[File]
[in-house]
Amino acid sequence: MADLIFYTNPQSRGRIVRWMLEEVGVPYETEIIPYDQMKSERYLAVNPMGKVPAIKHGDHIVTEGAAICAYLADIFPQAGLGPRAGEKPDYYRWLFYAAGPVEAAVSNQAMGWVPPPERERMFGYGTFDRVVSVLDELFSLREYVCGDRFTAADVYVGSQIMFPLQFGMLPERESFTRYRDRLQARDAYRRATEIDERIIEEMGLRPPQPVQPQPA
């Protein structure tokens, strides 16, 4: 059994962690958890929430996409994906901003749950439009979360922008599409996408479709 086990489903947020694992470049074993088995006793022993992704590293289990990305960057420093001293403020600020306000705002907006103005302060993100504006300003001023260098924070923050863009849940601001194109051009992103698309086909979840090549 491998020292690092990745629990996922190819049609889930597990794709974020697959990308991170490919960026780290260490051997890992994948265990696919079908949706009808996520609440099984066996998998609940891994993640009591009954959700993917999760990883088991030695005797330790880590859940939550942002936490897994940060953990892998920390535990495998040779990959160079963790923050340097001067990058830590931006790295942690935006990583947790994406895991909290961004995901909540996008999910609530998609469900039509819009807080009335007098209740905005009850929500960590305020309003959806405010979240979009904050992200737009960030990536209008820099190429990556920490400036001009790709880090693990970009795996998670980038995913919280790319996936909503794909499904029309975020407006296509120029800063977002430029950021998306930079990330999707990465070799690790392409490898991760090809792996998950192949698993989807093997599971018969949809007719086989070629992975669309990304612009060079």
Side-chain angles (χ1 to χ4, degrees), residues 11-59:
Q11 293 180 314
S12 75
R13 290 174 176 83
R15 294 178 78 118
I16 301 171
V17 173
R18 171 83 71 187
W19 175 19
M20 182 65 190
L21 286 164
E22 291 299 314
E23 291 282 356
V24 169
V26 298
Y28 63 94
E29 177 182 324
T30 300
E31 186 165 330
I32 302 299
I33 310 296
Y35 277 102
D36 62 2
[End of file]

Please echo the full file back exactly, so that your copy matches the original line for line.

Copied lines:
[in-house]
Amino acid sequence: MADLIFYTNPQSRGRIVRWMLEEVGVPYETEIIPYDQMKSERYLAVNPMGKVPAIKHGDHIVTEGAAICAYLADIFPQAGLGPRAGEKPDYYRWLFYAAGPVEAAVSNQAMGWVPPPERERMFGYGTFDRVVSVLDELFSLREYVCGDRFTAADVYVGSQIMFPLQFGMLPERESFTRYRDRLQARDAYRRATEIDERIIEEMGLRPPQPVQPQPA
């Protein structure tokens, strides 16, 4: 059994962690958890929430996409994906901003749950439009979360922008599409996408479709 086990489903947020694992470049074993088995006793022993992704590293289990990305960057420093001293403020600020306000705002907006103005302060993100504006300003001023260098924070923050863009849940601001194109051009992103698309086909979840090549 491998020292690092990745629990996922190819049609889930597990794709974020697959990308991170490919960026780290260490051997890992994948265990696919079908949706009808996520609440099984066996998998609940891994993640009591009954959700993917999760990883088991030695005797330790880590859940939550942002936490897994940060953990892998920390535990495998040779990959160079963790923050340097001067990058830590931006790295942690935006990583947790994406895991909290961004995901909540996008999910609530998609469900039509819009807080009335007098209740905005009850929500960590305020309003959806405010979240979009904050992200737009960030990536209008820099190429990556920490400036001009790709880090693990970009795996998670980038995913919280790319996936909503794909499904029309975020407006296509120029800063977002430029950021998306930079990330999707990465070799690790392409490898991760090809792996998950192949698993989807093997599971018969949809007719086989070629992975669309990304612009060079």
Side-chain angles (χ1 to χ4, degrees), residues 11-59:
Q11 293 180 314
S12 75
R13 290 174 176 83
R15 294 178 78 118
I16 301 171
V17 173
R18 171 83 71 187
W19 175 19
M20 182 65 190
L21 286 164
E22 291 299 314
E23 291 282 356
V24 169
V26 298
Y28 63 94
E29 177 182 324
T30 300
E31 186 165 330
I32 302 299
I33 310 296
Y35 277 102
D36 62 2